Drawing on a wide range of studies, and using contemporary illustrations from the media and popular culture, the author examines the rise of consumer culture and the changing relations between the production and consumption of cultural goods. She argues that consumer culture has become increasingly stylized and now provides an important context for everyday creativity.
The author explores the way an individual s position in social groups structured by class, gender, race and age affects the nature of his or her participation in consumer culture. She also argues that this has contributed to changes in the way in which individuals belong to these social groups. The powerful role consumption plays in our lives is thus revealed as consumer culture is seen to provide new ways of creating social and political identities.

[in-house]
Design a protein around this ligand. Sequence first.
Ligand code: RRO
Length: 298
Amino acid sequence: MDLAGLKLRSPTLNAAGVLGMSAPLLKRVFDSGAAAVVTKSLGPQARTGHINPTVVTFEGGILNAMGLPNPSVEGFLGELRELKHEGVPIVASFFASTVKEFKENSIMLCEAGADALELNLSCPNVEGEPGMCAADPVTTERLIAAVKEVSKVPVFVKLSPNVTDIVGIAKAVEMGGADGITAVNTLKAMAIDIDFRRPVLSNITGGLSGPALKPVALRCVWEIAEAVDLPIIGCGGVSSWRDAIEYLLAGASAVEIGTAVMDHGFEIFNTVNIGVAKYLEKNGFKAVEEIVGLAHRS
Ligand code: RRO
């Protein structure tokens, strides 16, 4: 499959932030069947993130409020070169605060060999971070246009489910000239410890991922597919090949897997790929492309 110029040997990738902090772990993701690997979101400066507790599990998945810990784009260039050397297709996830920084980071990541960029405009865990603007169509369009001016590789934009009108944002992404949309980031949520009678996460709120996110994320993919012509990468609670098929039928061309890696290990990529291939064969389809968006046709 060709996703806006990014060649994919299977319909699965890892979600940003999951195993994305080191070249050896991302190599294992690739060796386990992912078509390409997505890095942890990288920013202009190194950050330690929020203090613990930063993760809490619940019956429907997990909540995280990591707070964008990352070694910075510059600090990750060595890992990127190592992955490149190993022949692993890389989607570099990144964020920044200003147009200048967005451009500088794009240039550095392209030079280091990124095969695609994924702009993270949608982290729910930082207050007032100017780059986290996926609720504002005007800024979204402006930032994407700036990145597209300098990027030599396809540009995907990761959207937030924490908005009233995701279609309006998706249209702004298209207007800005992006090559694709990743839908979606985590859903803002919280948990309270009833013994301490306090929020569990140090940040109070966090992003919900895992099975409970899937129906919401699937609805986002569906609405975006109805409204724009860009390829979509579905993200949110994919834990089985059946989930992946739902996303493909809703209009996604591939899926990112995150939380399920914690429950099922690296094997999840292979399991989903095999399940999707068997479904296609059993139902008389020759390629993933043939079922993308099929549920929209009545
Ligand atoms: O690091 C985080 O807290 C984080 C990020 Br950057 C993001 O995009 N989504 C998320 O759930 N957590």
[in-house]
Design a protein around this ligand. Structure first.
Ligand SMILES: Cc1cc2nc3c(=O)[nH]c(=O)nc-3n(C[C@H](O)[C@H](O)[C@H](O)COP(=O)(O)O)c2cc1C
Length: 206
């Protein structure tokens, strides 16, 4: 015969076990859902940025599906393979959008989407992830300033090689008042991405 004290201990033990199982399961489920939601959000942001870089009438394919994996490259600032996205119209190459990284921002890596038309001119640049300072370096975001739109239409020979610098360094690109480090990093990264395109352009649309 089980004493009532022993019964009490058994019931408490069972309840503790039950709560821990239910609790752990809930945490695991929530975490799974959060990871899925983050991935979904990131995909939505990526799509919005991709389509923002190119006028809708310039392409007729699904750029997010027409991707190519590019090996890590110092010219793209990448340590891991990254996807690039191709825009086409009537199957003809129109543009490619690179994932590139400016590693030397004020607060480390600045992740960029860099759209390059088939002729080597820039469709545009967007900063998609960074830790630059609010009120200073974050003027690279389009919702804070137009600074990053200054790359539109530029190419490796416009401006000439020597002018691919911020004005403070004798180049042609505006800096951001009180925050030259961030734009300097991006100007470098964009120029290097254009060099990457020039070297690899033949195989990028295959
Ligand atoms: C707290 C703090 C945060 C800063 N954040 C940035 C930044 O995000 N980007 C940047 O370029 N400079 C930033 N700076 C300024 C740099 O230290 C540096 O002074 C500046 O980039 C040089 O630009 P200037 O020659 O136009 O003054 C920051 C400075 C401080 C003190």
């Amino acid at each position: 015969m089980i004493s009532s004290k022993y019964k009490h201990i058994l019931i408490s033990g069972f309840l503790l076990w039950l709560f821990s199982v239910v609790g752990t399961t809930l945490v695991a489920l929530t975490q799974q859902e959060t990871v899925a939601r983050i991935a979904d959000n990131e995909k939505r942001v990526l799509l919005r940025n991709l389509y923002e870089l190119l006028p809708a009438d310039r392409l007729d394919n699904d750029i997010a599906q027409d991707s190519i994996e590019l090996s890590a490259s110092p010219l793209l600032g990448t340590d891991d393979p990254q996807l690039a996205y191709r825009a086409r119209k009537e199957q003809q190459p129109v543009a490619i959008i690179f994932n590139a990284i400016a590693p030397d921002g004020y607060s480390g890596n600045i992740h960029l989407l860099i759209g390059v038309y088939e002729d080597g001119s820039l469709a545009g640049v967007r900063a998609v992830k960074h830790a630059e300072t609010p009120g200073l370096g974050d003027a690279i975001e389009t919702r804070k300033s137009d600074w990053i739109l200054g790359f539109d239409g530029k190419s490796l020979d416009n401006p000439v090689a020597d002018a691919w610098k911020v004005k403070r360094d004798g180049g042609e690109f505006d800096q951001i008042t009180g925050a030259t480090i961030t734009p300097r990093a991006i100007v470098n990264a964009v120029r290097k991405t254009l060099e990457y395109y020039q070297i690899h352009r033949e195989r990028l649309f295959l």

Chapter 1 Material Culture and Consumer Culture
Chapter 2 Exchanging things: the economy and culture
Chapter 3 Objects, subjects and signs
Chapter 4 Capital, class and consumer culture
Chapter 5 Circuits of culture: gender, race and reflexivity
Chapter 6 Brands: markets, media and movement
Chapter 7 Consuming ethics, or What goes around, comes around
Chapter 8 Consumer Culture, Identity and Politics: when are you (not) a consumer?